The so-called Cincinatti Kid was born on May 1, 1909. Like Lassiter, he began playing seriously during the Great Depression, when he was still a teen. Willis’ long partnership with Lassiter began shortly after he ventured into Lassiter’s hometown of Elizabeth City, North Carolina, during a road trip. Willis challenged Lassiter to a game of nine ball, on Lassiter’s home turf, and then had the temerity to beat himLassiter was so startled by this outcome that he immediately befriended the Ohio-native. They then spent the next decade and a half together.

“I think my best friend is Wimpy Lassiter,” Willis told author Thomas Fensch, for his 1970 book The Lions and the Lambs. “What a team we were. We were together for 15 years. In 1959, he came to Canton and stayed a year. We practiced together and played together. We never had our own cues when we were out on the road. It used to be when you came into a new house with a cue under your arm, everyone’d say, ‘who’s this guy with the cue?’

“We just out-shot everyone. We never lost either — never left town broke. Sure we were down low at times, but there was always someone else to play.”

Willis was a master of all sorts of proposition bets, such as running backwards, making basketball free throws, and making wing shots.  Twice during his life he made 42 in a row. “They called me Wing-Shot Willie,” he once said.  He was also a card player (which came in handy plenty on the road), could juggle three pool balls and the chalk, and play an excellent game of ping-pong as well as horseshoes. “I’ve even also won bets on the proposition that I can’t name in order the 130 largest cities of the U.S. There are 130 cities over 100,000 population. It’s easy.”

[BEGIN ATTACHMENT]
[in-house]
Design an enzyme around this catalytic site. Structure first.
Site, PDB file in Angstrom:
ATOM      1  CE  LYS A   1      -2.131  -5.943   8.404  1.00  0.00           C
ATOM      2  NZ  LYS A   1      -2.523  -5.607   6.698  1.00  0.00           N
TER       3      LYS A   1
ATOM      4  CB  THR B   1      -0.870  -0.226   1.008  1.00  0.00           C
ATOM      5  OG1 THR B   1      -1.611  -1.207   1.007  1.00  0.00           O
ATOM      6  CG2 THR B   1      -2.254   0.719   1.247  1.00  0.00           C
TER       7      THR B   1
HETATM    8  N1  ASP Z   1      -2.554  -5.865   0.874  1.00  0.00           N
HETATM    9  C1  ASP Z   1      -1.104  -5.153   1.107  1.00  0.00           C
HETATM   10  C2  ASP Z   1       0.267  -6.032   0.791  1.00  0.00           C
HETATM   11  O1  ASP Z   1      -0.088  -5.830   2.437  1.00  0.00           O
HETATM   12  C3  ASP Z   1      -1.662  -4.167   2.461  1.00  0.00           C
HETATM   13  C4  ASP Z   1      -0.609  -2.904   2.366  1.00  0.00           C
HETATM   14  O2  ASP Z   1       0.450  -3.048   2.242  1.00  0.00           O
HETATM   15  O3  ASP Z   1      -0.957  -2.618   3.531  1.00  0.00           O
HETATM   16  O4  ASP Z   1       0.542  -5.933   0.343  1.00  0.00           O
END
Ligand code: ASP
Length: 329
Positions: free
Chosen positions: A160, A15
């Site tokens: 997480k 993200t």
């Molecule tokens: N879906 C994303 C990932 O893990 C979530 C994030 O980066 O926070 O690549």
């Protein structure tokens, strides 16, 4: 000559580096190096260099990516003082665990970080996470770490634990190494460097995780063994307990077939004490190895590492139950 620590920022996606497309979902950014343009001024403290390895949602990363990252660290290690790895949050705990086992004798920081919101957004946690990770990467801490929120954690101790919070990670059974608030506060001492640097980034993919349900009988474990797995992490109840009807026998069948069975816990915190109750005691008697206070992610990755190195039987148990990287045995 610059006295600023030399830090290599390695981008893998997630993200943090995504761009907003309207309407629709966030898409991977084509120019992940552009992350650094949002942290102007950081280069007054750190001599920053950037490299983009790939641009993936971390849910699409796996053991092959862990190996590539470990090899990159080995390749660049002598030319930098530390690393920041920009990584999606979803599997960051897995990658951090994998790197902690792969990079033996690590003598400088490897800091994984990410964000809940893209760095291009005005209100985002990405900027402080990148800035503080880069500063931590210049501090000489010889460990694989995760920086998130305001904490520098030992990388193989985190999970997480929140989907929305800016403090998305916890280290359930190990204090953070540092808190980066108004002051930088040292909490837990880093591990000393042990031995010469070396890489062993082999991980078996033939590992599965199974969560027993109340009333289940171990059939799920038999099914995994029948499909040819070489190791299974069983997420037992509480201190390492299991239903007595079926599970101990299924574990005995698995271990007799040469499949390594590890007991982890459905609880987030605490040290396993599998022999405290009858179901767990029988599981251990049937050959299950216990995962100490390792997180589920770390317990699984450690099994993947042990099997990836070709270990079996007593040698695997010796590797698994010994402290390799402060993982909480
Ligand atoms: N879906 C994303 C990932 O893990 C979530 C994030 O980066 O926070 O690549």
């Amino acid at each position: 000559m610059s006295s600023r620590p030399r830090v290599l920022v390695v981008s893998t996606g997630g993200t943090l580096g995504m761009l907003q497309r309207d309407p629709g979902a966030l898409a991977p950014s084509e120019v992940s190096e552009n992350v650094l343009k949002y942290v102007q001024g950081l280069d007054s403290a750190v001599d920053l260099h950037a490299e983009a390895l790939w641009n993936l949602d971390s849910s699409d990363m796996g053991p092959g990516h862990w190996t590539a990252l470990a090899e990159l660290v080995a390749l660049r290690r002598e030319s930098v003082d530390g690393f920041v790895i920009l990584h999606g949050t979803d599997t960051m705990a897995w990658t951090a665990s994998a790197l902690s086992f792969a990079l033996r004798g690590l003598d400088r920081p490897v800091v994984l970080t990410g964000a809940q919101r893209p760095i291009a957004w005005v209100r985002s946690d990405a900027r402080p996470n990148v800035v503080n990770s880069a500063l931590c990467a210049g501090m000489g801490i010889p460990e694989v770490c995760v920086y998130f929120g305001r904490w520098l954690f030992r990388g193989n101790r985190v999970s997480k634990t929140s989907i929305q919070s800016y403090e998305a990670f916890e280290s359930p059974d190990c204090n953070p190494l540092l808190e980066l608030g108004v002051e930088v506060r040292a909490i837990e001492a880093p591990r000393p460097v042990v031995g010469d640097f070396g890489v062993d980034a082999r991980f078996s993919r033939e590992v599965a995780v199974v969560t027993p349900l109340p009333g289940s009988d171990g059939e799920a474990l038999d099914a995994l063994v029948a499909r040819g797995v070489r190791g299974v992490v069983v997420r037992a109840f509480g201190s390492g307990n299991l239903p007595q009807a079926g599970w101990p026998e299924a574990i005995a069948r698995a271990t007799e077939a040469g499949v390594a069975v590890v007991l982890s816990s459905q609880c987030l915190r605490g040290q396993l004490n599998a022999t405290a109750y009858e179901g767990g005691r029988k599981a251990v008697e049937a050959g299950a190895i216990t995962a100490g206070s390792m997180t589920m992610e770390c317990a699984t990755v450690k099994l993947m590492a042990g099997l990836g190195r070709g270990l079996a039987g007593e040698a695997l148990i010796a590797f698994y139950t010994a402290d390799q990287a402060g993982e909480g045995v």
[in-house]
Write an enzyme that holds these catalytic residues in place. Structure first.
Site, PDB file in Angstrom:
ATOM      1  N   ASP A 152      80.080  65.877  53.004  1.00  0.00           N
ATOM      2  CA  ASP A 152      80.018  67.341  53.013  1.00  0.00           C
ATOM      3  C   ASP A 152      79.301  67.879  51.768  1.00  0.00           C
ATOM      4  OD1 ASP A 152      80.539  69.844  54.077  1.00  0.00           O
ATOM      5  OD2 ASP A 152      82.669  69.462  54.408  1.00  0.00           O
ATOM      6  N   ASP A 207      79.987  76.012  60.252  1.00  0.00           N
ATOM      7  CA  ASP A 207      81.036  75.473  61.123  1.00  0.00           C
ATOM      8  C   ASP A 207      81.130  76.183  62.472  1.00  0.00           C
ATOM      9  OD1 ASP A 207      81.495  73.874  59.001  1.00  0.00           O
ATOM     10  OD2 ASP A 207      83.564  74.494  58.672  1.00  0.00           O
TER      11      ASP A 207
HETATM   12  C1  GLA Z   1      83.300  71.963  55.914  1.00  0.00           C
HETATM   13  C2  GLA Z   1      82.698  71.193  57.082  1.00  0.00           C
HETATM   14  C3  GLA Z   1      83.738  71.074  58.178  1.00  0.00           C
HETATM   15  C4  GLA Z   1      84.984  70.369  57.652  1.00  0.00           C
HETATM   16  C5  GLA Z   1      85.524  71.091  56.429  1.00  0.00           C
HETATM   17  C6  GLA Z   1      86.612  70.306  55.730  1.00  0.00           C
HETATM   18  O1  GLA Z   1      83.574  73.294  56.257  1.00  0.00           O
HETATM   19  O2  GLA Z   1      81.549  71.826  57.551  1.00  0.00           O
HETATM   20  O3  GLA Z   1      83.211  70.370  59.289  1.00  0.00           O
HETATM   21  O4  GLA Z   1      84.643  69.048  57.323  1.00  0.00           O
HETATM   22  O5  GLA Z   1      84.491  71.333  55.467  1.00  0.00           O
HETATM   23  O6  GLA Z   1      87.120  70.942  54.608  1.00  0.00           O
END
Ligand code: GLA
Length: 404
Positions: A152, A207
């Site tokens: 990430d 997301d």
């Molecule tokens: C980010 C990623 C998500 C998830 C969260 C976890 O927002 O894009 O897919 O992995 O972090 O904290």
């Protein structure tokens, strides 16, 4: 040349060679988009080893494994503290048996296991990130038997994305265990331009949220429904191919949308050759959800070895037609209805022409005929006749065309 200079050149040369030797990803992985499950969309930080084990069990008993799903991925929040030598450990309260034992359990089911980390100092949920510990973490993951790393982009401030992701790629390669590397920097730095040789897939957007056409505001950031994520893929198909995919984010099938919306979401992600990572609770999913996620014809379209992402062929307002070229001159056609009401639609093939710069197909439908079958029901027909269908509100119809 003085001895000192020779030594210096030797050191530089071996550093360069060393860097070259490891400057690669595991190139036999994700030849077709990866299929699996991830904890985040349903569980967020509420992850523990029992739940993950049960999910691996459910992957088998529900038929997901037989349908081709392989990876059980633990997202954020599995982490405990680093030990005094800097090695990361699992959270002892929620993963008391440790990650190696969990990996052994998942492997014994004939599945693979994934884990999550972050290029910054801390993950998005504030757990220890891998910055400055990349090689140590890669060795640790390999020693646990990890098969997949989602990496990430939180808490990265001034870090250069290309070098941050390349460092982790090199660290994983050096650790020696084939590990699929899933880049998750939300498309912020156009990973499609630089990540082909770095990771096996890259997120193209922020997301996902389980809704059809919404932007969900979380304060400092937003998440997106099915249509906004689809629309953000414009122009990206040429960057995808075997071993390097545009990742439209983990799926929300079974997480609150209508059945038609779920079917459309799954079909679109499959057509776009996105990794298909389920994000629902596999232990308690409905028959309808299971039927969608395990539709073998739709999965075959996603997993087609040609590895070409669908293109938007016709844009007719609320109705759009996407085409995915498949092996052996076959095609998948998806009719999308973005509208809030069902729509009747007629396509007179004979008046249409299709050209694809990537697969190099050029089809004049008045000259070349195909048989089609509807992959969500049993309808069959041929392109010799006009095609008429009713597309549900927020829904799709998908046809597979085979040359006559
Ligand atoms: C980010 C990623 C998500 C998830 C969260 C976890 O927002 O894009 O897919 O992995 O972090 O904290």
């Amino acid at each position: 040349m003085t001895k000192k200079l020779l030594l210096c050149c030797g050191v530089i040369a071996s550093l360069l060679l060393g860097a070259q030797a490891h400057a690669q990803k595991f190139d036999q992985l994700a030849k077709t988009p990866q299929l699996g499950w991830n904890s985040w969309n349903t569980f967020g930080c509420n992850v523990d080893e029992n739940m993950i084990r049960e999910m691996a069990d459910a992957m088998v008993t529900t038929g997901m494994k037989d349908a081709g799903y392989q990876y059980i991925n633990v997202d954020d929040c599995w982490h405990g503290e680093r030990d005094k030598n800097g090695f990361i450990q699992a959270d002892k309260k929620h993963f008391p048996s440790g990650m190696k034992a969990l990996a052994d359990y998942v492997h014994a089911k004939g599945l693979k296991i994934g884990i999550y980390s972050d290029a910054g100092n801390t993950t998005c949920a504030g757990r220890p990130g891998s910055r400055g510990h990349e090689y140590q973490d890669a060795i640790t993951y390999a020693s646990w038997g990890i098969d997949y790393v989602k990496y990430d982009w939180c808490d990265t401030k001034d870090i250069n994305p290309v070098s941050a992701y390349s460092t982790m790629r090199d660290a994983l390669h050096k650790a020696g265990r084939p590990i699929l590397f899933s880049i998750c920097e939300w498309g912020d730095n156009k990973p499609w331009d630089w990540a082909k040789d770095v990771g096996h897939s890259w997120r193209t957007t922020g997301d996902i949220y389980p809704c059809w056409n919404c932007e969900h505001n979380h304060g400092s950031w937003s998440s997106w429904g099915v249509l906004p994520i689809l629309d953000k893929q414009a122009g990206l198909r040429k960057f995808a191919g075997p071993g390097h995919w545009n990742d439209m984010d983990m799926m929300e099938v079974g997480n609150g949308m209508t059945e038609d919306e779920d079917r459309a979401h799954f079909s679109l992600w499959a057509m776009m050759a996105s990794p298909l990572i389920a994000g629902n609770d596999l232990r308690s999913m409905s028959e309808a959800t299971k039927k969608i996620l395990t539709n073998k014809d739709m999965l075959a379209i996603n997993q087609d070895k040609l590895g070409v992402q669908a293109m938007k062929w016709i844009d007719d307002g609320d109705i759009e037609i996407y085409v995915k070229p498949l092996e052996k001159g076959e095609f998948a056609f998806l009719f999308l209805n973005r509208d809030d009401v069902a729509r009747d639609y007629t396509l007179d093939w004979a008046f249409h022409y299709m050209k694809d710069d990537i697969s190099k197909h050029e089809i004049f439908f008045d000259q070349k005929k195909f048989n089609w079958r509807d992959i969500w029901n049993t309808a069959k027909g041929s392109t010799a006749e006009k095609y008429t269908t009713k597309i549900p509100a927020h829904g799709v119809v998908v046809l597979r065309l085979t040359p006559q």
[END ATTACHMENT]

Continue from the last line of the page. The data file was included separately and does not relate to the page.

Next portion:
But Willis never was a tournament player. He said he’d rather play a nobody for $7 than a world champion for nothing. That’s where Willis found the fun of pool — in the gambling. “I never practiced just for the sake of practicing. I always wanted to play — to play someone,” he said. In the pantheon of pure action players, few were better.   Playing the Big Hoorah hustle, he could beat anybody. Anybody who stepped up.  And then after he had wrung the last dime from one sucker, Lassiter would step up and beat another. The pigeons didn’t stand a chance.

“Lassiter was the one who said I had the heart of a lion and I think that’s the best thing anyone has said about me,” Willis told auther Fensch.

Willis died on March 2, 1984, at the age of 74. He and his wife Mary were parents to six children and had 13 grandchildren.

You can read more about Don Willis in the excellent retrospective at the Greater Canton Amateur Billiard Association website.  (The picture of Don Willis at the top left was retrieved from that website, although it was originally published in the Army Weekly, on Oct. 27, 1944.) Author John Grissom also penned a fine essay about Don Willis in his book Billiards. I also have a section about Don Willis in Hustler Days, and Robert Byrne describes Willis in his 1996 book, The Wonderful World of Pool & Billiards.

As for Lassiter, he’s also referenced extensively in Hustler Days. The picture of Lassiter, at the upper right, is from that book but was originally published in Billiards Digest.

R.A. Dyer